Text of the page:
updated 02:55 pm EDT, Tue July 11, 2006
Execs named in Apple suit
Apple executive officer Steve Jobs, former Apple executive officer Michael Spindler, and other executives of the company have been named in the most recent investor lawsuit over stock option grant irregularities and may be forced to return the funds they earned from grants received as part the Cupertino-based company's executive stock compensation plan, should the lawsuit succeed. The complaint filed last month in U.S. court for the Northern District of California on behalf of all Apple investors, claims that company executives and directors worked secretly together to backdate stock options in an effort to maximize returns on their options, breaching their fiduciary duties to Apple and costing the company millions in losses, according to AppleInsider.
Details of the lawsuit reveal that the allegations extend to the highest management levels, including former CFO and current board member Fred Anderson, iPod chief Jon Rubenstien, former CTO Avi Tevanian, current vice president of retail operations Ron Johnson, and current executive vice president and COO Tim Cook. The suit also names all members of Apple's current Board of Directors as defendants, with the exception of former vice president of the United States, Al Gore Jr.
The lawsuit claims that 18 executives and directors manipulated the option grant dates of specific stock options to maximize personal profits from the company's stock compensation plan, violating generally accepted accounting principles as well as its own stock plan approved by shareholders. The suit also claims that upper management intentionally provided false documentation to the Securities and Exchange Commission. Similar claims against executives of other companies have been raised by investor lawsuits and SEC investigations, according to the lawsuit.
The suit cites a recent analysis and investigation by The Wall Street Journal that describes similar stock option backdating methods by companies such as KLA Tencor, Comverse Technology, Vitesse Semiconductor, and Affiliated Computer Services.
The Apple investor lawsuit provides details on more than 12 stock option grant exercises by unspecified individuals in Apple's upper management from 1993 through 2001, claiming that the stock grant option dates were retroactively changed to provide the highest compensation for the company's executives, according to the report.
The Journal claimed in mid-March that similar and apparently "fortuitous" patterns of stock option grant strike prices at Vitesse were unlikely due to chance, but rather a result of backdating -- a conclusion which the Journal supported by its own analysis, saying that the chance of such a pattern emerging was around one in 300 billion, or roughly twice as unlikely as winning a multi-state Powerball lottery.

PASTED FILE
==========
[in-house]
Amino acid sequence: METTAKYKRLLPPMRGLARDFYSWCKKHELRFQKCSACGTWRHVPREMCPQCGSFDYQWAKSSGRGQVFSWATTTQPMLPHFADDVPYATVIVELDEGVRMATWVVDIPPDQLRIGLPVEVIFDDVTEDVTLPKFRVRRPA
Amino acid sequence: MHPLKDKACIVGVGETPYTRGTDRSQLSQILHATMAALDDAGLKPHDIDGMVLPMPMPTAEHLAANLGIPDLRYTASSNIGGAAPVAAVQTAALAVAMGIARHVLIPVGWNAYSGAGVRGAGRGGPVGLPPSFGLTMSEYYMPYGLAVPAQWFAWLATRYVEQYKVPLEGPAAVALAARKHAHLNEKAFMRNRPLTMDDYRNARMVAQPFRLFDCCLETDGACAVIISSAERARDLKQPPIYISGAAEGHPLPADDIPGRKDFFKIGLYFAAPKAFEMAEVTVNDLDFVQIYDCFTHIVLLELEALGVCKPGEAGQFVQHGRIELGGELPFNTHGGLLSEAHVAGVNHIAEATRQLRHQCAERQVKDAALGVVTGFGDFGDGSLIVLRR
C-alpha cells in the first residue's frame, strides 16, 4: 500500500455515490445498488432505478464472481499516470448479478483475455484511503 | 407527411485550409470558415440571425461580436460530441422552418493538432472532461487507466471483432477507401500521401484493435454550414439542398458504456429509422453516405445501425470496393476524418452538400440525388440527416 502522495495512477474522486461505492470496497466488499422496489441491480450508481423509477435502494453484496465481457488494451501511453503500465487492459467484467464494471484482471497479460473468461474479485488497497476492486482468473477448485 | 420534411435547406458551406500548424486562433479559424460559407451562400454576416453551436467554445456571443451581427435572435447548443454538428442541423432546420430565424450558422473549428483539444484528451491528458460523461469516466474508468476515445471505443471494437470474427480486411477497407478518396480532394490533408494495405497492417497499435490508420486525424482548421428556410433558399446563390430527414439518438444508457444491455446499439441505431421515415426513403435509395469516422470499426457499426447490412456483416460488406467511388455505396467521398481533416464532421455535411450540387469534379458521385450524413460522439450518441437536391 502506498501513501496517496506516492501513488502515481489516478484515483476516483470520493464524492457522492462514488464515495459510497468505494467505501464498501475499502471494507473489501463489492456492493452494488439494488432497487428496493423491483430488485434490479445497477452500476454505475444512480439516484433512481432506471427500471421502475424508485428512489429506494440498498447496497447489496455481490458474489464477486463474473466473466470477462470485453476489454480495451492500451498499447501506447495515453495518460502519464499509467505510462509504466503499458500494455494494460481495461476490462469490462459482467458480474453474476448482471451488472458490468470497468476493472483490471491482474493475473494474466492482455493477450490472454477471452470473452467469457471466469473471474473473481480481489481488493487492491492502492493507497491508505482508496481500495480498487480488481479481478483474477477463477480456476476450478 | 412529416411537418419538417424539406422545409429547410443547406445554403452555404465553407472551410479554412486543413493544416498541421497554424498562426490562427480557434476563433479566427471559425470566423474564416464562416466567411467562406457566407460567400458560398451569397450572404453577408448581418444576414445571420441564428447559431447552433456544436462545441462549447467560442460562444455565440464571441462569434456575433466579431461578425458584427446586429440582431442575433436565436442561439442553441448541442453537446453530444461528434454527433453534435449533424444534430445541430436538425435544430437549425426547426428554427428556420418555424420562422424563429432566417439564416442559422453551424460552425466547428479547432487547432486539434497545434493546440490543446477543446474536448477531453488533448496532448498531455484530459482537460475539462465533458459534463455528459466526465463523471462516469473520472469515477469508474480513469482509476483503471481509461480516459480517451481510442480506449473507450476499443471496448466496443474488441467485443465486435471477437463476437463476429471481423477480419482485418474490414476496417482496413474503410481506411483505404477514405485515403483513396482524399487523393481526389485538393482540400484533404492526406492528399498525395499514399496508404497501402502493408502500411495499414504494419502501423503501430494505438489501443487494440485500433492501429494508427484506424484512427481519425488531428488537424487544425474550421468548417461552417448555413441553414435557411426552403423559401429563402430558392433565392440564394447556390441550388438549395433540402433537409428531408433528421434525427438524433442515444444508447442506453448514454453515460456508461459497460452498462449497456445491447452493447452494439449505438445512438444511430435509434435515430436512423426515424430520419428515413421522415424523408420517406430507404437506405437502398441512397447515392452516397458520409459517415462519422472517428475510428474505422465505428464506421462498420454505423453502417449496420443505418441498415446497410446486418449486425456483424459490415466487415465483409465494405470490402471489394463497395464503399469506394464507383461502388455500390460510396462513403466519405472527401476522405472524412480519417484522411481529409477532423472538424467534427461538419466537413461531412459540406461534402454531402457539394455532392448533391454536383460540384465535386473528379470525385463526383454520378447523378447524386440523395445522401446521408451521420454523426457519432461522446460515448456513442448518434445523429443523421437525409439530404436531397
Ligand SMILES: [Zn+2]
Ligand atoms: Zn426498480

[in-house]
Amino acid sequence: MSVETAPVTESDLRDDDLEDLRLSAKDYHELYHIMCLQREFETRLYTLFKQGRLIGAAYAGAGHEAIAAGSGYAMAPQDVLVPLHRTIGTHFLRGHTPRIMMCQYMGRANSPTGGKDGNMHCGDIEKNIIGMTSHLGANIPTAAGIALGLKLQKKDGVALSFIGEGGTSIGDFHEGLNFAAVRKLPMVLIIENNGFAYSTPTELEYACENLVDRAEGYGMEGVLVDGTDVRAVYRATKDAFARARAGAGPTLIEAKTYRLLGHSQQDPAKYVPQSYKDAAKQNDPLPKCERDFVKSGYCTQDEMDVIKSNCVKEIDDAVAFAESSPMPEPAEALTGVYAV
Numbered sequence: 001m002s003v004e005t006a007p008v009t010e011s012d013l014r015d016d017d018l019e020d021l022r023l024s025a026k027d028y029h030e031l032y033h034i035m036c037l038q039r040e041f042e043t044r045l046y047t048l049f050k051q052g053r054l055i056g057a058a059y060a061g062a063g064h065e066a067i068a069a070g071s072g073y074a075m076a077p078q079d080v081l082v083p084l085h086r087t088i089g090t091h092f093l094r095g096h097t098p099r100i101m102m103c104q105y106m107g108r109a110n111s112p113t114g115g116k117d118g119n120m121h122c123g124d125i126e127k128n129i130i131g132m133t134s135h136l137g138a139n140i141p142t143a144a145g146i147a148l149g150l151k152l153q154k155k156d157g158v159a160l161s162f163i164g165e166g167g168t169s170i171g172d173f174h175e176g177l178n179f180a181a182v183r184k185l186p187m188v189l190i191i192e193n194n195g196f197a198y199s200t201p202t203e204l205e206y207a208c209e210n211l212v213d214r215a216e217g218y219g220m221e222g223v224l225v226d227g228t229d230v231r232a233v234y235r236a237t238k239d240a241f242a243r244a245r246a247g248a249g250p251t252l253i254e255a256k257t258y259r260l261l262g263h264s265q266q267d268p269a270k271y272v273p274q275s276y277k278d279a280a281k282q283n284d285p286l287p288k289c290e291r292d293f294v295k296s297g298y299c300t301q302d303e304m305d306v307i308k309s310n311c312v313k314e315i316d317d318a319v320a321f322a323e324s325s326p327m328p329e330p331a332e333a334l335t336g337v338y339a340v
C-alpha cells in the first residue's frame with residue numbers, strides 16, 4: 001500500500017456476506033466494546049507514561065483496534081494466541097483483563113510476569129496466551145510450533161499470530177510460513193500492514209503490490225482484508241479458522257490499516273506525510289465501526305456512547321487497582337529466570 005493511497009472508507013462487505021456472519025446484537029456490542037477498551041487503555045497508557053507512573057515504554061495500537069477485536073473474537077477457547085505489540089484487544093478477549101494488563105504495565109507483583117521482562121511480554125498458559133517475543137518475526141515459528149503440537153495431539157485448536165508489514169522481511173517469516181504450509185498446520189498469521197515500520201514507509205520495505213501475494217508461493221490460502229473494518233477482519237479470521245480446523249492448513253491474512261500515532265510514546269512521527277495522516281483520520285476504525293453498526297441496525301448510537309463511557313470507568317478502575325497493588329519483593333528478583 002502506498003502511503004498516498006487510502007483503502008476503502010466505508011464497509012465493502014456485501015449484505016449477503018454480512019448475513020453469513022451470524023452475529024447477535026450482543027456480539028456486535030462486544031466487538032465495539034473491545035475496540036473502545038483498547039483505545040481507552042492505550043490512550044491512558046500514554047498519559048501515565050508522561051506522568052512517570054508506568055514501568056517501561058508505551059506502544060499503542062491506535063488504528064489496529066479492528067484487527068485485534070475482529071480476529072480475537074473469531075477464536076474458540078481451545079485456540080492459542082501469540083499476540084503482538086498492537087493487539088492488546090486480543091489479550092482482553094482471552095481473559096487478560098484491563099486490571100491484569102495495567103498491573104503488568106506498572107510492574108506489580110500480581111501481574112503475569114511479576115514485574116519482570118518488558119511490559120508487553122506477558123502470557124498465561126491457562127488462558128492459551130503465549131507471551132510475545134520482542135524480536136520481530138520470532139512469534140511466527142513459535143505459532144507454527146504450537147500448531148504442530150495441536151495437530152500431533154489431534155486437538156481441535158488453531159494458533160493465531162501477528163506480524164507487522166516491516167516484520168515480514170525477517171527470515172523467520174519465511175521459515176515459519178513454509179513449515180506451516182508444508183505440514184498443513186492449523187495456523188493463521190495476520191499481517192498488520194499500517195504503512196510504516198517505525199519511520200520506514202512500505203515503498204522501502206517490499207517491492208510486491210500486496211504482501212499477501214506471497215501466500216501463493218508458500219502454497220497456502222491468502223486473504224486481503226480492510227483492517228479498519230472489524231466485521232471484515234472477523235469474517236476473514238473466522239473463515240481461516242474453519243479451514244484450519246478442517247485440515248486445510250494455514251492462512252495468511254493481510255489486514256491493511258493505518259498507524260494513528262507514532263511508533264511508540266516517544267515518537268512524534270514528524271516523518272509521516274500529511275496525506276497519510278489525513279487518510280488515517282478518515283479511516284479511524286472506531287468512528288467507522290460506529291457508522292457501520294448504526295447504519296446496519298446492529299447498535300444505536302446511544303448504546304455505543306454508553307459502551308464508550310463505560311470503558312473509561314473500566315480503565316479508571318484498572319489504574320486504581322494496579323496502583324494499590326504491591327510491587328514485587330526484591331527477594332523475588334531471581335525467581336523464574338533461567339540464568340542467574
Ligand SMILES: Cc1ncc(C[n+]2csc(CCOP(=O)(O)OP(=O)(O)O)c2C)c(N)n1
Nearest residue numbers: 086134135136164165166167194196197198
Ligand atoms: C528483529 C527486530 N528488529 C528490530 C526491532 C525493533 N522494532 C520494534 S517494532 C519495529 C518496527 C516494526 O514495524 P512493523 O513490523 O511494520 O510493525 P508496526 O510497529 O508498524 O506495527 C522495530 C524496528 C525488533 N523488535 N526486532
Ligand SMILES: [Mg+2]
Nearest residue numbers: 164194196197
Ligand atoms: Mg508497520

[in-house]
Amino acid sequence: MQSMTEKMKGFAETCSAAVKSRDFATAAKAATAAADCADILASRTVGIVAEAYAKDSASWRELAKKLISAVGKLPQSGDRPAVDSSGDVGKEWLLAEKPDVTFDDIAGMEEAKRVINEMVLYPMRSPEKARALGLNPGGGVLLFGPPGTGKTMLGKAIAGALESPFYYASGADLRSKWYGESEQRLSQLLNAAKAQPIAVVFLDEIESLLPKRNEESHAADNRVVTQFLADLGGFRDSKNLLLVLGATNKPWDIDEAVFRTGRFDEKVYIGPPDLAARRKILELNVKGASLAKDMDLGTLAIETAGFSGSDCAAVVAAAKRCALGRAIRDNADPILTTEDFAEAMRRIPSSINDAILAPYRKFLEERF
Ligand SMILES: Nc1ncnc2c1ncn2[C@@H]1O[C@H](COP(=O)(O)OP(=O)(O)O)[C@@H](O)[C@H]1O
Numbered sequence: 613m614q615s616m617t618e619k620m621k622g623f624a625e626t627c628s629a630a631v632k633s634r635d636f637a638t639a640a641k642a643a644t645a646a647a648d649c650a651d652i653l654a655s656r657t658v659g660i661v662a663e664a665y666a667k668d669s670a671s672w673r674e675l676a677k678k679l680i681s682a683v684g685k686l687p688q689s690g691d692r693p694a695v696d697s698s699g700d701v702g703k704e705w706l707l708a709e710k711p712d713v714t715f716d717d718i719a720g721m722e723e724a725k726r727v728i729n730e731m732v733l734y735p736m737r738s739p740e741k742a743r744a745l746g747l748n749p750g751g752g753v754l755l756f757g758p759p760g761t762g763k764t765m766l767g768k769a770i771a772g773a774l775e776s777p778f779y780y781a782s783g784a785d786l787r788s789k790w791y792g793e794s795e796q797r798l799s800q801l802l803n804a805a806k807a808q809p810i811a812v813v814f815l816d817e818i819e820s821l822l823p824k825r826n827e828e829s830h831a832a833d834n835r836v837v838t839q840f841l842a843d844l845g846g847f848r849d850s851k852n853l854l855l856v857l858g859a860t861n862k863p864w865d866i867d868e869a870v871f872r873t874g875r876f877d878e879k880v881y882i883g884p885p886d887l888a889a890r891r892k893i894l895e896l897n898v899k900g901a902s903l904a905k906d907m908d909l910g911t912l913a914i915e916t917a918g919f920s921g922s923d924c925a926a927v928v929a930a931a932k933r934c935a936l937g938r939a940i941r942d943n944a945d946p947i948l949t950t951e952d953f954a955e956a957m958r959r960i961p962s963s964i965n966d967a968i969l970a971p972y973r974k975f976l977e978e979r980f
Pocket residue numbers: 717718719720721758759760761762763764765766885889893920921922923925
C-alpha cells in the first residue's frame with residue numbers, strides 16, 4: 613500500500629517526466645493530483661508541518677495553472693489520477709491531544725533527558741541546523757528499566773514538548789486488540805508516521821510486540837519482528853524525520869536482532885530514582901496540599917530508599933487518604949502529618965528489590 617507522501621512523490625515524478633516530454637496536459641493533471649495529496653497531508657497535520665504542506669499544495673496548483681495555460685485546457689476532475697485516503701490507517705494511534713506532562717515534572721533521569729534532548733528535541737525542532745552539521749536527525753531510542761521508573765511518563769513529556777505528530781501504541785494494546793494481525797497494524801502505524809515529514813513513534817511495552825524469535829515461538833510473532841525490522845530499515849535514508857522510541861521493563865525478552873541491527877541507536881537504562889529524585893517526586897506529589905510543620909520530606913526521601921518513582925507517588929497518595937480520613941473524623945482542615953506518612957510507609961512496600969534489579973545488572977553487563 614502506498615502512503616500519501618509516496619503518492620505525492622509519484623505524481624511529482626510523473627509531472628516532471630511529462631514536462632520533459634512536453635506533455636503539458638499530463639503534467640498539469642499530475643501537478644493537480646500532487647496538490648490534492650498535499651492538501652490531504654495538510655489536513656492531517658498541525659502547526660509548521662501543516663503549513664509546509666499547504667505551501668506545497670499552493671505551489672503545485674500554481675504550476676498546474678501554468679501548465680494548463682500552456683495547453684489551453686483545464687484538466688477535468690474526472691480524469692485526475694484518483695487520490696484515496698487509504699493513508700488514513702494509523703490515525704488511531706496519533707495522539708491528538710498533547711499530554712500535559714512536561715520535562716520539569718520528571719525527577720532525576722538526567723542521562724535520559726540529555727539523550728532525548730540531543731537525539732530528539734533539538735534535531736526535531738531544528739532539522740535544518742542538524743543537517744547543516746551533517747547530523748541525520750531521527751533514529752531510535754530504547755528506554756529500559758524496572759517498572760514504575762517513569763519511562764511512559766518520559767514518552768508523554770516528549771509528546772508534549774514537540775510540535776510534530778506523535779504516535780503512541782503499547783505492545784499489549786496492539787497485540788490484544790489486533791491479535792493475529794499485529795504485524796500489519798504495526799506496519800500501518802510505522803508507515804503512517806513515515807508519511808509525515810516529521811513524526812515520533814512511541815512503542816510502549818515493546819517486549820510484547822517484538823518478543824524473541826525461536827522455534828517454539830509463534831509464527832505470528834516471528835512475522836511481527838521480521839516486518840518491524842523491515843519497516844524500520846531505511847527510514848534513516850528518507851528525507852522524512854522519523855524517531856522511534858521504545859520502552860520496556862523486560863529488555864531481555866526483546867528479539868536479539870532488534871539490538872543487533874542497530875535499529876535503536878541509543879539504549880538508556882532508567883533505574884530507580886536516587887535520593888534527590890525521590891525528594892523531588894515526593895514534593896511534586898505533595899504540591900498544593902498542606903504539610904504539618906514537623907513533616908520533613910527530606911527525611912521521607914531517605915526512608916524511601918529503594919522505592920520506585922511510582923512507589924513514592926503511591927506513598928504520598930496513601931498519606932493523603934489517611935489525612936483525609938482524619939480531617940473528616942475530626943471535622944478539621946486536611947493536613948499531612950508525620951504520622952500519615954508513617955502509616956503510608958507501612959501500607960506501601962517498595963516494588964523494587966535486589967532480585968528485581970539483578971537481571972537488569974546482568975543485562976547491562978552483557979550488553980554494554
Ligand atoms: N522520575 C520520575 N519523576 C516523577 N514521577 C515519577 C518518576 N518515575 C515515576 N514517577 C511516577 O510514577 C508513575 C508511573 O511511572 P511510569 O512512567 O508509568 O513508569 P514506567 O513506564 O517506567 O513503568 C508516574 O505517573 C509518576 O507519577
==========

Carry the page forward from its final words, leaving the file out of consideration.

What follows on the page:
The suit claims that similar "extraordinarily remote" patterns are seen when looking at Apple's own financial records. "In a striking pattern that could not have been the result of chance, each and every one of the foregoing stock option grants was dated just after a sharp drop and just before a substantial rise in Apple's stock price," the suit reads.
The lawsuit compares the stock prices of executive stock option grants between the years of 1993 and 2001, looking at the stock prices 10 days before and 10 days after each option grant date. The data shows a remarkable pattern of all gains -- between 1.5 percent and nearly 50 percent on the series of grants, while none of the exercised option grants showed a loss within the first 10 days after each grant date, indicating that stock was always exercised before a peak in stock price.
"The odds that the pattern of the fortuitously-timed stock option grants exhibited by Apple is the result of chance are similar to, if not greater than, the one in several billion or more odds described by The Wall Street Journal," the plaintiffs claim in their complaint. "The actual reason for the extraordinary pattern exhibited by Apple was that the Office Defendants' stock options were improperly backdated."
The lawsuit seeks to recover the "millions of dollars of damages" sustained by the company as a result of the backdating, the proceeds gained by the individual defendants who received the grants, the plaintiffs' legal fees and any further relief the Court deems proper, according to AppleInsider.
Apple board not impartial
The suit also claims that Apple's current Board of seven members is unable to act as an independent oversight committee for investigation and prosecution of the alleged breaches of fiduciary duty. The suit contends that six of the seven board members -- all except former United States Vice President Al Gore -- are not "disinterested" parties, as many of them have participated in the backdating either as part of the company's Compensation Committee (Campbell, Drexler, Levinson, and York) or Audit Committee (Campbell, Levinson, and York), or are directly affected by the stock option grants (Jobs and Anderson), or have approved false documentation to the SEC (Anderson, Campbell, Drexler, Jobs, Levinson, and York).
Apple issued a press release admitting that an internal investigation had discovered irregularities related to the issuance of certain stock option grants made between 1997 and 2001 less than 24 hours before the suit was filed.
"Apple is a quality company, and we are proactively and transparently disclosing what we have discovered to the SEC," said Apple CEO Steve Jobs. "We are focused on resolving these issues as quickly as possible."
The suit also names senior vice president Guerrino De Luca, as well as former company officers which include Ian Diery, James J. Buckley, Daniel L. Eilers, G. Frederick Forsyth, Robert Calderoni, and Mitchell Mandich.